For many people, it is natural to want to share their acquired wealth with their kids or grandkids in the form of a monetary gift. Preparing an estate plan is a great way to determine how to settle your estate and distribute your assets to your heirs after you pass. But for those looking to gift some of their assets while they are still living, here are some strategies to consider.
Consider the Benefits of Gifting Now
When devising an estate plan, one consideration will be the issue of when to start distributing your assets. Some people may not be comfortable gifting any part of their assets while living, for fear of depleting their resources. When this is a cause for concern, holding onto your assets is the wise choice. But for those who can afford it, there are benefits to gifting now, rather than waiting. For one, there is great pleasure to be had watching your heirs enjoy your gift. Additionally, any assets that are gifted while living reduces the total value of your estate. This would result in lower overall estate taxes and probate fees applied to your estate after your passing.
Giving a Gift of Cash or Other Assets
Gifting cash to loved ones can certainly make a difference in their lives, by allowing them to pay off debt, start a business, or make plans for their futures. However, if you have decided that you are financially comfortable enough to start distributing some of your assets to your kids or grandkids, it is wise to stay below the IRS annual gift tax exclusion threshold. In 2022, you are allowed to gift up to $16,000 per year to each recipient without incurring a gift tax. This sum would include any type of assets, including cash, stocks, a car, etc. If you are married, each spouse is allowed to gift the maximum of $16,000 to each individual. For example, you could gift $16,000 to your granddaughter, and your spouse would also be able to gift another $16,000 to the same granddaughter without being subject to the IRS gift tax.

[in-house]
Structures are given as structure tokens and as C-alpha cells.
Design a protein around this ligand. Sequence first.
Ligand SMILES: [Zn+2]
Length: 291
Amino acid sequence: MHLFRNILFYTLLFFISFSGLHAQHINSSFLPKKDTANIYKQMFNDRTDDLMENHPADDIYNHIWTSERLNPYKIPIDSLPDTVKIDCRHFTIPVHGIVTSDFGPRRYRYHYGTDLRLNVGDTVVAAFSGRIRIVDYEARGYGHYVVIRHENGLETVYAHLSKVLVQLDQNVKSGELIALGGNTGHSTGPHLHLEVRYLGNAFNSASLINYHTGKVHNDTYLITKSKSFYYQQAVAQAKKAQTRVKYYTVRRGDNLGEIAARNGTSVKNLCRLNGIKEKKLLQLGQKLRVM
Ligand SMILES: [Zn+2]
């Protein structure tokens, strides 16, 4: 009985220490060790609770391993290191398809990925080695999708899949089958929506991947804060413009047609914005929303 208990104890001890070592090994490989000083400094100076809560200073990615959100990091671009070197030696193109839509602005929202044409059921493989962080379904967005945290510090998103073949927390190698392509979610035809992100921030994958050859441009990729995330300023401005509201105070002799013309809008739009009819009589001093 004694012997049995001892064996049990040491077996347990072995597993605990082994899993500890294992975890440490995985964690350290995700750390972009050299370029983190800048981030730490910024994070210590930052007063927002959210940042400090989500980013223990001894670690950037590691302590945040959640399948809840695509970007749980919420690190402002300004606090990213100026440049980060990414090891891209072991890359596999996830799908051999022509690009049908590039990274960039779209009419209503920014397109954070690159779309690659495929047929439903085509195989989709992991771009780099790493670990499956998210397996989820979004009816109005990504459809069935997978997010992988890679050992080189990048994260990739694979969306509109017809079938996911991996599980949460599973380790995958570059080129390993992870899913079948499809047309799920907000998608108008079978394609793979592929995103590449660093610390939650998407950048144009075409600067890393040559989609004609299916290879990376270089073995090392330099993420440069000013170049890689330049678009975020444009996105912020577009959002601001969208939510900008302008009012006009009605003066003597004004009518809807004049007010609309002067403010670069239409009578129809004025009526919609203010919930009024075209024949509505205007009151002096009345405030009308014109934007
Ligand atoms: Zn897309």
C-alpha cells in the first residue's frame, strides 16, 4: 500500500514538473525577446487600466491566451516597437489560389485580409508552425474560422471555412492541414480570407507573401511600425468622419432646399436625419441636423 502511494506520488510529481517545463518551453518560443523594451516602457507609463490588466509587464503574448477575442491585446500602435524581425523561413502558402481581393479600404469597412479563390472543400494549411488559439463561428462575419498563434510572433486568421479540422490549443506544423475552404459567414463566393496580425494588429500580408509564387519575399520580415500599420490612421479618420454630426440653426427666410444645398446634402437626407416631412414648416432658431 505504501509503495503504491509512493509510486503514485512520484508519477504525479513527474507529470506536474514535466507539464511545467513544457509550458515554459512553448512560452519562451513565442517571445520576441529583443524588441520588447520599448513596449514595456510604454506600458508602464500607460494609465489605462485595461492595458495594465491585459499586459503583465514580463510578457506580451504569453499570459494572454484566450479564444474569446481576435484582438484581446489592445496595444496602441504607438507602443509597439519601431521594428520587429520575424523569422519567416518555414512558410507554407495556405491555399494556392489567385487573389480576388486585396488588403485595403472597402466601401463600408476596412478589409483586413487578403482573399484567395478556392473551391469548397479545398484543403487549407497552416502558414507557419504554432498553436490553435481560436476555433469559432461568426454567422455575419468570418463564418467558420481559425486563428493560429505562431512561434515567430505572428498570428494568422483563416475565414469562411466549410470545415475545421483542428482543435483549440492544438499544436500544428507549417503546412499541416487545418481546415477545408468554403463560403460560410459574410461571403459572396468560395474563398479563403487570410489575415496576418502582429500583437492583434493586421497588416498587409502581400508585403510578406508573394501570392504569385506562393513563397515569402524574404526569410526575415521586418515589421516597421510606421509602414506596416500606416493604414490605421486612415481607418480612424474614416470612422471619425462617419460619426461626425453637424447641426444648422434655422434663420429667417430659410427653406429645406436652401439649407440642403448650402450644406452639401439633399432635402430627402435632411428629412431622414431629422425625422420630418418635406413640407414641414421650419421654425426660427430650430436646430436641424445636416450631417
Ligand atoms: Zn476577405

Contribute to Education or Medical Expenses
Another way to provide financial support to loved ones while you are still living is to contribute to medical or educational expenses. You can gift money to grandchildren and other family members by contributing to a 529 college savings plan account, which can be used for qualified education expenses. Or you may also make direct tuition payments to an educational organization on behalf of your family member and it would not be treated as a taxable gift. Likewise, medical expenses are also not subject to the annual gifting limit when paid directly to the provider, and helping to cover these expenses can do a lot to ease someone’s financial burden.
Determining your gifting strategy is a personal decision that needs to be made according to your current financial situation plus your potential needs for the future. The attorneys at Churchill, Quinn, Hamilton & Van Donselaar, Ltd. can help prepare an estate plan that meets your specific needs as well as explain the potential tax implications of any decisions. Contact our Grayslake office at 847-223-1500 to schedule an appointment with one of our experienced estate attorneys who will help you through this important process.